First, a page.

The Fox and the Faith (Pinnacle Books, 1989) is a rousing adventure that should please any reader of historic naval fiction. This is the first of a four-book series that features Patrick Dalton. It is 1777 and the American revolution is starting to shape up as serious bid for independence. A lieutenant in the Royal Navy unjustly accused of treason, Dalton escapes New York in the schooner Faith, the personal prize of Captain Hart of the frigate Courtesan.
Dalton has already publicly called Hart a coward (with complete justification, of course) and Hart is maddened with a desire for revenge. Dalton is the hunted fox and the action of the book moves inexorably toward a resolution. There is plenty of seamanship and hot action, as well as a charming love story, along the way. All of the ship handling passages are aboard the Faith, and Parkinson seems to be a thorough master of fore and aft rigged craft. Nevertheless, Parkinson was a writer of action adventure and not a naval specialist and a few gaffes appear, especially concerning the frigate. Early in the book, he describes the frigate as having two gun decks. What makes a frigate a frigate is that it's a single decker (even if it mounts a few guns on the quarterdeck and forecastle). Moreover, it is a 44 gun frigate. Frigates of that size (super-frigates) did not appear for another 20 years, and then in the American navy, not the British. Finally, at one point, he called the Courtesan an first-rate ship of the line! These quibbles do not mar the enjoyment of the book. It's a corker -- go read it.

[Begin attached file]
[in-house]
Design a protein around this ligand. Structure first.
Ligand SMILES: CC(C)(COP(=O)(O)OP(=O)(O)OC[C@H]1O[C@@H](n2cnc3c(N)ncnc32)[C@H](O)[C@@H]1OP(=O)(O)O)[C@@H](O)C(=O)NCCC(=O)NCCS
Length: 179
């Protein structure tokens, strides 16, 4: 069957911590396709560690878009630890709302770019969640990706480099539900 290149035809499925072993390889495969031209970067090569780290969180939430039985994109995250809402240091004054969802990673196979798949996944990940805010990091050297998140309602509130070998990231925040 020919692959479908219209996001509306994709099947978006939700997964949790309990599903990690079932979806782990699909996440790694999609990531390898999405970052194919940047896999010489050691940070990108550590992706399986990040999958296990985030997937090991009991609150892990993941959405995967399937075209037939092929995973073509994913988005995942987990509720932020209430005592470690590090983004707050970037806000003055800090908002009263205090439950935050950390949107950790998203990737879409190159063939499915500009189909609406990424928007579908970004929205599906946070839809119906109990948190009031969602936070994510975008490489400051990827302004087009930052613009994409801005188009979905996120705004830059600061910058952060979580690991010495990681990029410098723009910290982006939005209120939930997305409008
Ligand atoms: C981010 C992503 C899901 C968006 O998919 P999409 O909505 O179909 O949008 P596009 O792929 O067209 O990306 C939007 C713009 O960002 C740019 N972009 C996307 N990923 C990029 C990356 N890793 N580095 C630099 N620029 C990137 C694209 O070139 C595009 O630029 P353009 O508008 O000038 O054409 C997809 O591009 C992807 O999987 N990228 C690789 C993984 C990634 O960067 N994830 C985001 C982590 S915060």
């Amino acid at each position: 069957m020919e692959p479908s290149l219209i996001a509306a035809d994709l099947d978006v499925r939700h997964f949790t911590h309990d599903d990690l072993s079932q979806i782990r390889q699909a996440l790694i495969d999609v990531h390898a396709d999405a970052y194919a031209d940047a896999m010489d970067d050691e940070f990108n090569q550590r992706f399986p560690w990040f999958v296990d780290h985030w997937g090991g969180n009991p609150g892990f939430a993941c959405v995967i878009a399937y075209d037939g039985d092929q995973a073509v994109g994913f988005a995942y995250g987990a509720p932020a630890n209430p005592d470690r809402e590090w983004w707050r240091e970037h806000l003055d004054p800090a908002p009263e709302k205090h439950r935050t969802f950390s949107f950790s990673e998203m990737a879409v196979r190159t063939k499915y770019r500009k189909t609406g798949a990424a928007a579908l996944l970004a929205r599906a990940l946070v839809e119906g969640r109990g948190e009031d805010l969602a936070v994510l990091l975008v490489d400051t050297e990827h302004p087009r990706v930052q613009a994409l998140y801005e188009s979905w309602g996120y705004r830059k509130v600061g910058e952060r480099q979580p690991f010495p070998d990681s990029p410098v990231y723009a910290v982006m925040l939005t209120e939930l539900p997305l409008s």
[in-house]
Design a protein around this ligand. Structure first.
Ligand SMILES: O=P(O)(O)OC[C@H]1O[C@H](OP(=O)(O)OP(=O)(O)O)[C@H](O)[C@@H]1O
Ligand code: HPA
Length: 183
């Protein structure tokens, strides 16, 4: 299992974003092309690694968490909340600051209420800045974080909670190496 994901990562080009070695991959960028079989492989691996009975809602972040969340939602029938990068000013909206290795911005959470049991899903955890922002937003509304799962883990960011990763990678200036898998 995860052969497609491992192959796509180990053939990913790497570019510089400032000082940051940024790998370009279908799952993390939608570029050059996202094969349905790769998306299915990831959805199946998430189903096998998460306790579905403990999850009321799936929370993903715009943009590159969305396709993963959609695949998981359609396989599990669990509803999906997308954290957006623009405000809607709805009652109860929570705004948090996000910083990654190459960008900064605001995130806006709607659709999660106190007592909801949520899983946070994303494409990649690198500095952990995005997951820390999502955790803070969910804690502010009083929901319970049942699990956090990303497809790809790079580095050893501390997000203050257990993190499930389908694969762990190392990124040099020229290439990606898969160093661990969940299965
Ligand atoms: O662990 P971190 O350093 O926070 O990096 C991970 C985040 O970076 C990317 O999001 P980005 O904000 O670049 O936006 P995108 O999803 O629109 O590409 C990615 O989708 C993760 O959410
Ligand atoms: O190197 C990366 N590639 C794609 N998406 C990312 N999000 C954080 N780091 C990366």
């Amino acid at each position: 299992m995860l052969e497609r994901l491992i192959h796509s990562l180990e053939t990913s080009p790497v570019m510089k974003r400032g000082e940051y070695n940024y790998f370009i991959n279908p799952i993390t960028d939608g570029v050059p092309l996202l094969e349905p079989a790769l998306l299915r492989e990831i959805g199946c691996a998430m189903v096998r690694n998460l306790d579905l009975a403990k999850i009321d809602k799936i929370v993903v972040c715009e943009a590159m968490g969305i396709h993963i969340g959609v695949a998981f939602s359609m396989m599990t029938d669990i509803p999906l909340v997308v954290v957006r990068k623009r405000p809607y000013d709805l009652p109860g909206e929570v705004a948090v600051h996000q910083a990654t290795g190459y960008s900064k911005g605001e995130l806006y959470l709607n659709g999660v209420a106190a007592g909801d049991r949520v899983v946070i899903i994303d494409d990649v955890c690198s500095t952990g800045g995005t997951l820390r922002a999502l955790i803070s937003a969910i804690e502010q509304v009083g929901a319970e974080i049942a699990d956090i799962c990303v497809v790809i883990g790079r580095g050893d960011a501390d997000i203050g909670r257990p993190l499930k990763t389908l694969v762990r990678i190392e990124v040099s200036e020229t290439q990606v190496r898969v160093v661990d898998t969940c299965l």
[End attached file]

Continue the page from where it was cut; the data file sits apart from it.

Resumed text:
Description of: The Fox and the Faith
Author: Dan Parkinson